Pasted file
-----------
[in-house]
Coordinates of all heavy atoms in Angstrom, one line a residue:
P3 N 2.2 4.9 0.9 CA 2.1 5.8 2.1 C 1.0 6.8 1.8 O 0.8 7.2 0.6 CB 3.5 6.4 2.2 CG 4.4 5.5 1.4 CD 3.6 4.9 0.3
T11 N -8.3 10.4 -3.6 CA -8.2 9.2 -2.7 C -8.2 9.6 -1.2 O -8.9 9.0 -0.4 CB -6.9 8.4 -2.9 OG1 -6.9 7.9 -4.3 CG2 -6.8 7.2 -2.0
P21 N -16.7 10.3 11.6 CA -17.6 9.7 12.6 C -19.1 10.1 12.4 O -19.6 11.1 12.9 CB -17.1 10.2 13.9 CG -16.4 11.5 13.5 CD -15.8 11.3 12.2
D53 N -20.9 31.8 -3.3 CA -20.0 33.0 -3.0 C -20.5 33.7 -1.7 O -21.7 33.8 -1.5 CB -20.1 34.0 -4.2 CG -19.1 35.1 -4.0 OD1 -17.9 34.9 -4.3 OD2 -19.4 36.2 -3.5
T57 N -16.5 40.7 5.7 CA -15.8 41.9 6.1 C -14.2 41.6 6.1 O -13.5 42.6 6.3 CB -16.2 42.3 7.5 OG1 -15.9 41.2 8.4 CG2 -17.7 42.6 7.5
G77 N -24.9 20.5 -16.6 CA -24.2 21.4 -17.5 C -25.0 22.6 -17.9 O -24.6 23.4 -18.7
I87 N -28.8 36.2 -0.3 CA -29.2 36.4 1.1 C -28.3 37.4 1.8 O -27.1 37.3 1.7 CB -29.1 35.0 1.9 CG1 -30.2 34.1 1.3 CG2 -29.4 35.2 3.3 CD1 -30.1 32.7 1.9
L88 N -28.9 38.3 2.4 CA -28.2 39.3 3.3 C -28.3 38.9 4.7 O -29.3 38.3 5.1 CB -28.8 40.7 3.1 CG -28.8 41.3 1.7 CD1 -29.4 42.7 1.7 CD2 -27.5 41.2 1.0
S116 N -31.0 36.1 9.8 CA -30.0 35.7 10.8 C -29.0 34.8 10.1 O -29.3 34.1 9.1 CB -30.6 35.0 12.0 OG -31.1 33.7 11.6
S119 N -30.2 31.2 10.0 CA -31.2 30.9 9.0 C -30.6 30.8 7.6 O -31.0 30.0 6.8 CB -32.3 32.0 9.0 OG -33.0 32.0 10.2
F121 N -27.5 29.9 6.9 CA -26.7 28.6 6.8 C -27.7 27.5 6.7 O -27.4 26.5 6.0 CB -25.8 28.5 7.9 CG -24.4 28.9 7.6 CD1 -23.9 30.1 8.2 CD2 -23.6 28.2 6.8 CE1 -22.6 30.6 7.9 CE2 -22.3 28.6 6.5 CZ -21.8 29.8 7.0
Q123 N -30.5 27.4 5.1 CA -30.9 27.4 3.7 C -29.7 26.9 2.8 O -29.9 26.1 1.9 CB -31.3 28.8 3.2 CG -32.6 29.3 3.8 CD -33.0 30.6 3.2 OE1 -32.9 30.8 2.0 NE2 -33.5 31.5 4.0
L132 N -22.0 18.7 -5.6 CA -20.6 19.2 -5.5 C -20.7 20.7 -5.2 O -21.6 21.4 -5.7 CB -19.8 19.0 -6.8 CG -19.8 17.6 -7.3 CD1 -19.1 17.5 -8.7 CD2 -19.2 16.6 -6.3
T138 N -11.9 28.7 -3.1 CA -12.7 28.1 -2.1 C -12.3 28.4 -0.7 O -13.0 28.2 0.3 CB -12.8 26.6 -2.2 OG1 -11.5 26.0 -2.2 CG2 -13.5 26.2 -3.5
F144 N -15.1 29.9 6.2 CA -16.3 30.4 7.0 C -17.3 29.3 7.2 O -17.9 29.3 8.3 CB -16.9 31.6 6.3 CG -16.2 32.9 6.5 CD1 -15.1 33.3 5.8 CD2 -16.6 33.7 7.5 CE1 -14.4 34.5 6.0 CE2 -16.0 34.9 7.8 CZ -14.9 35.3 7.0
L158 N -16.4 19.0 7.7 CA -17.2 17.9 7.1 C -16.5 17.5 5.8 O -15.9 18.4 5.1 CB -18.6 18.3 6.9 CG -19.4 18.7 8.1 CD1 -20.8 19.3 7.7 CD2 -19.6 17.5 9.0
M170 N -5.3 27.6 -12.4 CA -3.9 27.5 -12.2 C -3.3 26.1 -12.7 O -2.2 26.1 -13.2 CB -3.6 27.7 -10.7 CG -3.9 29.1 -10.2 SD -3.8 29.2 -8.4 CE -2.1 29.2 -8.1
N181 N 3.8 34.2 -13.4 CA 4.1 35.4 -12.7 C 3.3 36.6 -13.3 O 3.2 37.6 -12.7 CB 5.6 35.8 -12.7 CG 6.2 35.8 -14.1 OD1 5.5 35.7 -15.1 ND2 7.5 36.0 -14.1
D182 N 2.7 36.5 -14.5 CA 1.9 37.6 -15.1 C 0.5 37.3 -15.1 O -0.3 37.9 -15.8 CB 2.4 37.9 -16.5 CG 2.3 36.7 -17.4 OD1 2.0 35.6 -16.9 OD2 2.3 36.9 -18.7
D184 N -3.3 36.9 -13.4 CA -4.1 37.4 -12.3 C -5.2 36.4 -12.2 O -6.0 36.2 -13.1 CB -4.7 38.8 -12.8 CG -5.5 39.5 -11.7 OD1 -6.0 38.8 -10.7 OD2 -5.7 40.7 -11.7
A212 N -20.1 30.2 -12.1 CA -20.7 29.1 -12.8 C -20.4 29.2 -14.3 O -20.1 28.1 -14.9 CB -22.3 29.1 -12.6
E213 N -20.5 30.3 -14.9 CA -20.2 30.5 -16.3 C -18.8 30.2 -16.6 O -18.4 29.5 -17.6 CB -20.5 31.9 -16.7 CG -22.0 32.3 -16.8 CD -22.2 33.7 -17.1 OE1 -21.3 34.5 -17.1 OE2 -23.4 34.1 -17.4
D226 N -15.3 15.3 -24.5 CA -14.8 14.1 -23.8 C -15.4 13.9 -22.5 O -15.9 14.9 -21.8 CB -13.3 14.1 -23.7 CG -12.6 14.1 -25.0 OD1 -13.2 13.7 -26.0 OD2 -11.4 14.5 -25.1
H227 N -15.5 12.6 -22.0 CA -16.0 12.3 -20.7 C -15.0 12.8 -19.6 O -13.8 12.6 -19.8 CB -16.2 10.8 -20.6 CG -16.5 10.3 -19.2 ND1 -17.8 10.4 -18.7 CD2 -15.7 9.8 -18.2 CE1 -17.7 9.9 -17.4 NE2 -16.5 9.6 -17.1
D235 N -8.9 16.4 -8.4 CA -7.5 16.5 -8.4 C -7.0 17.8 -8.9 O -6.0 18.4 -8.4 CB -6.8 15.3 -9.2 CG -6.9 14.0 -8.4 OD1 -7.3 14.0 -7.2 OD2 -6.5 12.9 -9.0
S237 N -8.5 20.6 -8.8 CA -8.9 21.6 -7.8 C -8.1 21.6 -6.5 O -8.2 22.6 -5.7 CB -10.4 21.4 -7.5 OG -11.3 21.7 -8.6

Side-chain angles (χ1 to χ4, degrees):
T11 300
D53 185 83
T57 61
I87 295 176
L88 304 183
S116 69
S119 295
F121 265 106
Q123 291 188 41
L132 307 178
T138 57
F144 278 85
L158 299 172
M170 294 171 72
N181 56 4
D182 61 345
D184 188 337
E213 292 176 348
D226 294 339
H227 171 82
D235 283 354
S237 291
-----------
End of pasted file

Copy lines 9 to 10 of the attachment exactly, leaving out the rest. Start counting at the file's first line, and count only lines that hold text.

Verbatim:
I87 N -28.8 36.2 -0.3 CA -29.2 36.4 1.1 C -28.3 37.4 1.8 O -27.1 37.3 1.7 CB -29.1 35.0 1.9 CG1 -30.2 34.1 1.3 CG2 -29.4 35.2 3.3 CD1 -30.1 32.7 1.9
L88 N -28.9 38.3 2.4 CA -28.2 39.3 3.3 C -28.3 38.9 4.7 O -29.3 38.3 5.1 CB -28.8 40.7 3.1 CG -28.8 41.3 1.7 CD1 -29.4 42.7 1.7 CD2 -27.5 41.2 1.0